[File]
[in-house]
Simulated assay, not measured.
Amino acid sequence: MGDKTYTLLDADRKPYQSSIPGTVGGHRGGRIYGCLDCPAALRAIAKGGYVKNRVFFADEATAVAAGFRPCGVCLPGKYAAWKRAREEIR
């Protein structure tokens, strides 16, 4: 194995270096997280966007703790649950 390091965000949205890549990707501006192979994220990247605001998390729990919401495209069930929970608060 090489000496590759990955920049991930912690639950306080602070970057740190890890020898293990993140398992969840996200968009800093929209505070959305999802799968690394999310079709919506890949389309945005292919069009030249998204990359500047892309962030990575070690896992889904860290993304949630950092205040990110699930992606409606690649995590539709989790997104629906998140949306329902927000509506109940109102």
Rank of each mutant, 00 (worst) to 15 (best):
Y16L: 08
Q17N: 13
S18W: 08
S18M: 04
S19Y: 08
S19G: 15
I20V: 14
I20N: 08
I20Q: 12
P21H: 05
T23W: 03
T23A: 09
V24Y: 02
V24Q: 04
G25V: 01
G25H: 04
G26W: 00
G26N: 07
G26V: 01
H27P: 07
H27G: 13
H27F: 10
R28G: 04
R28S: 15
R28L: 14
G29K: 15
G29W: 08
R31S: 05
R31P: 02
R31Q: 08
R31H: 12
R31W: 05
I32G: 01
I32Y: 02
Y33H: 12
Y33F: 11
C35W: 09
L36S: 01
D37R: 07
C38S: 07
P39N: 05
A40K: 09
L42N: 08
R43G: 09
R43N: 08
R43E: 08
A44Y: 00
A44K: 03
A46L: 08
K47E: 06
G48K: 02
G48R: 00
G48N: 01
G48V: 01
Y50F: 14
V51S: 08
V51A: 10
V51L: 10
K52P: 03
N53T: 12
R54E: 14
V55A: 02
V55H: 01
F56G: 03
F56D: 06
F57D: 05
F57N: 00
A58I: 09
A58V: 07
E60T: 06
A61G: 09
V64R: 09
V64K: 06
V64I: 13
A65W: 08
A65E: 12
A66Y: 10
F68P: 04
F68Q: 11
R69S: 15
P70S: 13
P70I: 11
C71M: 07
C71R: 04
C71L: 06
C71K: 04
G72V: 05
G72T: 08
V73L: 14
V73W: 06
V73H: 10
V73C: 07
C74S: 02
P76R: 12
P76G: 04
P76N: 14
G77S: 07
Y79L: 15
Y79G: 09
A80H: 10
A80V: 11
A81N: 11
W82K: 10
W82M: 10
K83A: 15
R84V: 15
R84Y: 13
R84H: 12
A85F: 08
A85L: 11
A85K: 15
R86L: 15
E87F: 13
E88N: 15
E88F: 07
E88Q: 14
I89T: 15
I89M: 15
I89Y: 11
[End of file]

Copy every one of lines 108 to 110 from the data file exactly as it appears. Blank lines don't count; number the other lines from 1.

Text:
W82K: 10
W82M: 10
K83A: 15